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When was the last time you cleaned your makeup brushes? If you have to think about it, it’s probably been too long. According to makeup artist Kristine Cruz, to avoid bacteria, dander, and old makeup buildup, you should deep clean your brushes every couple weeks. That makes most people way past due for a brush cleaning. Since I desperately needed to clean my own brushes, I decided to make my own DIY makeup brush cleaner with the help of Pinterest.
While it crossed my mind to buy a brush cleaner, I decided against it when I realized it meant running to the store and dropping $15 on what is essentially soap and water. So, instead, I went to the best place on the web for a good DIY recipe. With many homemade brush cleaners on Pinterest to choose from, I decided to test out three different recipes based on reviews and the ingredients I had in my kitchen. I also reached to a few experts for some advice.
After all, the whole point of a DIY is not having to run to the store, right?
Check out our honest reviews of some of the most popular DIY makeup brush cleanser recipes on Pinterest.
Meet the Expert
Kristine Cruz is a hair and make-up artist based in New York City. She has worked with the likes of Nicole Scherzinger, Jessica Alba, Jordan Dunn, and Cat Deely.
1. Witch Hazel and Soap
The first DIY cleanser I chose to try was a Castile soap and witch hazel combination. While the recipe wasn't very precise on proportions. I used one container of Thayers Alcohol-Free Rose Witch Hazel ($9) and a couple drops of Dr. Bronner’s Unscented Baby-Mild Pure Castile Soap ($10). I combined the two in a clean spray bottle, shook up the mixture up, and started spraying my brushes. After giving each brush a spray, I gently wiped off the cleaner with a paper towel. Much to my delight, and disgust, a ton of product—and quite possibly bacteria—transferred onto the towel.
2. Castile Soap and Water
I'm not so sure you can actually call this a DIY, as the recipe for this brush cleaner consists only of Castile soap (a pure chemical free soap) and tap water. However, the simpler the recipe, the less it costs, so I figured it was worth trying.
Cruz reveals that this all-natural approach helps to remove both debris and bacteria. Because it's gentle and non-toxic, it's also a great option for someone with sensitive skin, she adds.
While most instructions say to dip your brush in a small bowl of Castile soap and rinse, I found a solution of the soap and water mixture was easier to swirl my brush in, and was actually much more effective at removing left over product and bacteria. While I found this recipe a bit more effective at cleaning my brushes than the witch hazel spray I previously tried, it did take significantly longer for my brushes to dry.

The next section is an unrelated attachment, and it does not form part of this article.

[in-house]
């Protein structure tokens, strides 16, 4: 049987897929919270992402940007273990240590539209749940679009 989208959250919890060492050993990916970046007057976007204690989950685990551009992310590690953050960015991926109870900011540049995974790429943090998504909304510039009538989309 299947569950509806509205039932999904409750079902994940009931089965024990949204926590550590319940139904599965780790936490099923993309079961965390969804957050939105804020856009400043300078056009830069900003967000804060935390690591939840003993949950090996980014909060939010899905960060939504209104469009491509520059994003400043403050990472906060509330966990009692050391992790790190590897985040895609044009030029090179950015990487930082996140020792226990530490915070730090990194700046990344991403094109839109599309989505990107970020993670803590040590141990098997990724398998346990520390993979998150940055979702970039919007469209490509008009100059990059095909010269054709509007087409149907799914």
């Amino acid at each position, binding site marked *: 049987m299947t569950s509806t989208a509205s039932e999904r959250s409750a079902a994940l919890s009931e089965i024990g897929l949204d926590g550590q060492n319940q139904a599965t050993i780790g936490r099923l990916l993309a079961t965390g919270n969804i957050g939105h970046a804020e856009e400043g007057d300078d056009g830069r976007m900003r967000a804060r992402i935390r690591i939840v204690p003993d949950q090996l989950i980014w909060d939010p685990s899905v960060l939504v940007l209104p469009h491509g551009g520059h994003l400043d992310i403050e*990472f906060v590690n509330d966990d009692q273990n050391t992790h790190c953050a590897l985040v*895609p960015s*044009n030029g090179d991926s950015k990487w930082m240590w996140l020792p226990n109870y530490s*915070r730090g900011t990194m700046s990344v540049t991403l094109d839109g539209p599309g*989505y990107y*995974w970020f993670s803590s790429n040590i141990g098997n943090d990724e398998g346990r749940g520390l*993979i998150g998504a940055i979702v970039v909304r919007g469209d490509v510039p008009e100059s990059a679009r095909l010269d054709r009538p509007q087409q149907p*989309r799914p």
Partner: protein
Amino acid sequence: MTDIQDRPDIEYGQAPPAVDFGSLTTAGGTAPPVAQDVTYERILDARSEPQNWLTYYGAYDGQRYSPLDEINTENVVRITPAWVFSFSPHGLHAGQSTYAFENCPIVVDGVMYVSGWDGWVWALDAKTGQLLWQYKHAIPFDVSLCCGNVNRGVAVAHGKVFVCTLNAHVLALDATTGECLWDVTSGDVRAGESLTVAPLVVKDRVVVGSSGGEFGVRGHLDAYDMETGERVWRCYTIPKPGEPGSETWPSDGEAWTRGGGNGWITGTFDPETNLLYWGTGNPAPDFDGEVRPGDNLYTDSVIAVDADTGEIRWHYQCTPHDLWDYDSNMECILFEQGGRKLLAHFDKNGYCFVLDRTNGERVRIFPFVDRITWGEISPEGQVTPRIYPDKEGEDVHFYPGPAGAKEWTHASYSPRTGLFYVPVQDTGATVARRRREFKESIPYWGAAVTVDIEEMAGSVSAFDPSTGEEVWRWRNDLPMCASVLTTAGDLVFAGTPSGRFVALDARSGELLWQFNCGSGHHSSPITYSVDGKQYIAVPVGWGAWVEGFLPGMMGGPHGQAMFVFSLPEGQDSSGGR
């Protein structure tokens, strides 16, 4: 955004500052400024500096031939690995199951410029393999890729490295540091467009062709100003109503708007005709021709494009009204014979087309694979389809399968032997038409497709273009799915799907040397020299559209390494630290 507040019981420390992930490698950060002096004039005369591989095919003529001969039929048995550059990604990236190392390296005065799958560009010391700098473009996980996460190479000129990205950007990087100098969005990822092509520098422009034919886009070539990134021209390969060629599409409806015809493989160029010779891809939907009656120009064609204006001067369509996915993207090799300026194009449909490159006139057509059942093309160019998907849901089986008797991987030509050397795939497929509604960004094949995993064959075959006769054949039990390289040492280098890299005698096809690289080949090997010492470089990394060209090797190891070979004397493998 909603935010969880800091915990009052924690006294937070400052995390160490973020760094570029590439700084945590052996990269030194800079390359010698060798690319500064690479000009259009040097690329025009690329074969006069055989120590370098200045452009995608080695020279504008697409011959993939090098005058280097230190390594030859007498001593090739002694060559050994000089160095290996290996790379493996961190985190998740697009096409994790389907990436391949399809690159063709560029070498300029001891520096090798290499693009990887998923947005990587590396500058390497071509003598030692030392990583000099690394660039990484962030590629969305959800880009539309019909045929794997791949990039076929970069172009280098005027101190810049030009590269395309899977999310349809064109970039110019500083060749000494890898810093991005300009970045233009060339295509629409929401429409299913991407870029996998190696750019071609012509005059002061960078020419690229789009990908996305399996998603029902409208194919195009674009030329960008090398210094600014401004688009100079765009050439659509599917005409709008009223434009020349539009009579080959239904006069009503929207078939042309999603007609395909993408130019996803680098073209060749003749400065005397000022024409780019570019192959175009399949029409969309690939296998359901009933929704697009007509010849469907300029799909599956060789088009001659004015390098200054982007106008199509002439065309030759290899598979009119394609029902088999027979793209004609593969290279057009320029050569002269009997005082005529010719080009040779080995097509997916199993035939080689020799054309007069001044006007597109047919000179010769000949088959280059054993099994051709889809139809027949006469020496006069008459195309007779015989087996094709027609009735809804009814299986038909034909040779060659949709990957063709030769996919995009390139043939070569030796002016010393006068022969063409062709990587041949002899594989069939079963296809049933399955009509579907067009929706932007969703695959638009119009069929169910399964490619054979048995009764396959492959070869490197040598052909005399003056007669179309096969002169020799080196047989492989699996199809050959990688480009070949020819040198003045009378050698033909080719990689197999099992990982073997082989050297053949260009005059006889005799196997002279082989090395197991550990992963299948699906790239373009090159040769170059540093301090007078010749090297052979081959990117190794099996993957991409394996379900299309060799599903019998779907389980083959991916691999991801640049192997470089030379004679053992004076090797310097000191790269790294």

When speaking to Cruz, I also learned that a mixture of 1 tbsp Castille soap, 1 tbsp hydrogen peroxide, and 2 tbsp water also does the trick.
She recommends mixing the aforementioned ingredients in a small plastic bowl and then dipping your brushes into the mixture. Swirl brush in a small sifter until the water runs clear from make-up debris. Squeeze excess water off the brushes. Use the left over mixture to soak brushes in for 10 minutes. Rinse the brushes and finally let them completely air dry or use microfiber cloth to aid in drying faster.
Cruz notes that Castile soap is sulfate free so it will not dry your brushes out.
3. Witch Hazel and Grapeseed Oil
The last DIY makeup brush cleaner I tried was a combination of the first two, in that it combined large amounts of Castile soap, water, and witch hazel. However, this time around a nourishing oil was also needed.
Cruz reveals that coconut oil is also great for brush cleansing. Thanks to its natural anti fungal properties, it also gets rid of bacteria instantly. This method is additionally great for natural bristles because it conditions with mineral protection. Lavender or grapeseed oil can also be used in this scenario. Much like coconut oil, they are natural antibacterial and anti-microbial agents that can rid your brushes of stubborn particles/oil and air-borne pathogens.
The recipe I use is as follows: half a cup of witch hazel, two tablespoons Castile soap, one teaspoon nourishing oil (I used Now's Grape Seed Oil, $14), and one cup distilled water.
After combining all of the ingredients in a bowl, I swirled my brushes around in the mixture, rinsed them out in the sink, and wiped them dry. While this recipe left my brushes very wet (I had to let them dry overnight), come the next morning, my brushes were noticeably cleaner and super soft. I'm glad to say I have found my new go-to brush cleaner.
These tried-and-true concoctions are just some of the many ways to maintain and clean your makeup brushes. Unlike some of the brands you may see in your local drug or beauty supply store, DIY options offer a more natural process for both your beauty tools and your skin.